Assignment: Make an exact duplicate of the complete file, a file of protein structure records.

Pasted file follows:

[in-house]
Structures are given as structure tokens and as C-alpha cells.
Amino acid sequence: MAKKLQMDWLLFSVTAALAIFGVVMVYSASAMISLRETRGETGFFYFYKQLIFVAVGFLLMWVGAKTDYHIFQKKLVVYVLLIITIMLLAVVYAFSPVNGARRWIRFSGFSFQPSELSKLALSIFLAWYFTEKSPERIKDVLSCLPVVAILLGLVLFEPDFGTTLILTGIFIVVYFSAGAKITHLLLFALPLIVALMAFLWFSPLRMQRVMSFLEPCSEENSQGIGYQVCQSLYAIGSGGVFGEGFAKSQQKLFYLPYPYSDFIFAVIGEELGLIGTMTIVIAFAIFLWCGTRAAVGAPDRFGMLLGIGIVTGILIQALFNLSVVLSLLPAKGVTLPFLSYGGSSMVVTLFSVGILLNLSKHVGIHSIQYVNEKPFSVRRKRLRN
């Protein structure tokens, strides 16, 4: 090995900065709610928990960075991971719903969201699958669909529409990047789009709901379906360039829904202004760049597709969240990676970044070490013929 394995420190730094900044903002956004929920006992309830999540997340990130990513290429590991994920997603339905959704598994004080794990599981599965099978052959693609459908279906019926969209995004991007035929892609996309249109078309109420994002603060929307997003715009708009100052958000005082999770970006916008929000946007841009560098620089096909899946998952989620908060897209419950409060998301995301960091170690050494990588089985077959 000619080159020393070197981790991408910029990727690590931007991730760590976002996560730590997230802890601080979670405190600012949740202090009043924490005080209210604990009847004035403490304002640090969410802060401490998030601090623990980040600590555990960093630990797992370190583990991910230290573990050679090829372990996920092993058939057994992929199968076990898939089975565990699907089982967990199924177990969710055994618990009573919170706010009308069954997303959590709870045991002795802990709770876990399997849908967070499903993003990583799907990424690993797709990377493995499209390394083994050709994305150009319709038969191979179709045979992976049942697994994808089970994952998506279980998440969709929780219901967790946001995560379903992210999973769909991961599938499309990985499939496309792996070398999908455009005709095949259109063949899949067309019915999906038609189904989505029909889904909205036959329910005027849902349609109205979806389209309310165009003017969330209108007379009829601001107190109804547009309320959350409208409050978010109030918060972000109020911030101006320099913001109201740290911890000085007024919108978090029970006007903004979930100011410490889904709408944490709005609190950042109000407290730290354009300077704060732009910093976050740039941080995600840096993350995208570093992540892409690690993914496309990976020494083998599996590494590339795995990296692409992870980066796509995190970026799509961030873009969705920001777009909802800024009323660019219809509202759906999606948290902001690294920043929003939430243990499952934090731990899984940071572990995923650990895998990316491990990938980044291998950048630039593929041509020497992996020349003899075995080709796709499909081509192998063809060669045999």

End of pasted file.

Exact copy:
[in-house]
Structures are given as structure tokens and as C-alpha cells.
Amino acid sequence: MAKKLQMDWLLFSVTAALAIFGVVMVYSASAMISLRETRGETGFFYFYKQLIFVAVGFLLMWVGAKTDYHIFQKKLVVYVLLIITIMLLAVVYAFSPVNGARRWIRFSGFSFQPSELSKLALSIFLAWYFTEKSPERIKDVLSCLPVVAILLGLVLFEPDFGTTLILTGIFIVVYFSAGAKITHLLLFALPLIVALMAFLWFSPLRMQRVMSFLEPCSEENSQGIGYQVCQSLYAIGSGGVFGEGFAKSQQKLFYLPYPYSDFIFAVIGEELGLIGTMTIVIAFAIFLWCGTRAAVGAPDRFGMLLGIGIVTGILIQALFNLSVVLSLLPAKGVTLPFLSYGGSSMVVTLFSVGILLNLSKHVGIHSIQYVNEKPFSVRRKRLRN
């Protein structure tokens, strides 16, 4: 090995900065709610928990960075991971719903969201699958669909529409990047789009709901379906360039829904202004760049597709969240990676970044070490013929 394995420190730094900044903002956004929920006992309830999540997340990130990513290429590991994920997603339905959704598994004080794990599981599965099978052959693609459908279906019926969209995004991007035929892609996309249109078309109420994002603060929307997003715009708009100052958000005082999770970006916008929000946007841009560098620089096909899946998952989620908060897209419950409060998301995301960091170690050494990588089985077959 000619080159020393070197981790991408910029990727690590931007991730760590976002996560730590997230802890601080979670405190600012949740202090009043924490005080209210604990009847004035403490304002640090969410802060401490998030601090623990980040600590555990960093630990797992370190583990991910230290573990050679090829372990996920092993058939057994992929199968076990898939089975565990699907089982967990199924177990969710055994618990009573919170706010009308069954997303959590709870045991002795802990709770876990399997849908967070499903993003990583799907990424690993797709990377493995499209390394083994050709994305150009319709038969191979179709045979992976049942697994994808089970994952998506279980998440969709929780219901967790946001995560379903992210999973769909991961599938499309990985499939496309792996070398999908455009005709095949259109063949899949067309019915999906038609189904989505029909889904909205036959329910005027849902349609109205979806389209309310165009003017969330209108007379009829601001107190109804547009309320959350409208409050978010109030918060972000109020911030101006320099913001109201740290911890000085007024919108978090029970006007903004979930100011410490889904709408944490709005609190950042109000407290730290354009300077704060732009910093976050740039941080995600840096993350995208570093992540892409690690993914496309990976020494083998599996590494590339795995990296692409992870980066796509995190970026799509961030873009969705920001777009909802800024009323660019219809509202759906999606948290902001690294920043929003939430243990499952934090731990899984940071572990995923650990895998990316491990990938980044291998950048630039593929041509020497992996020349003899075995080709796709499909081509192998063809060669045999």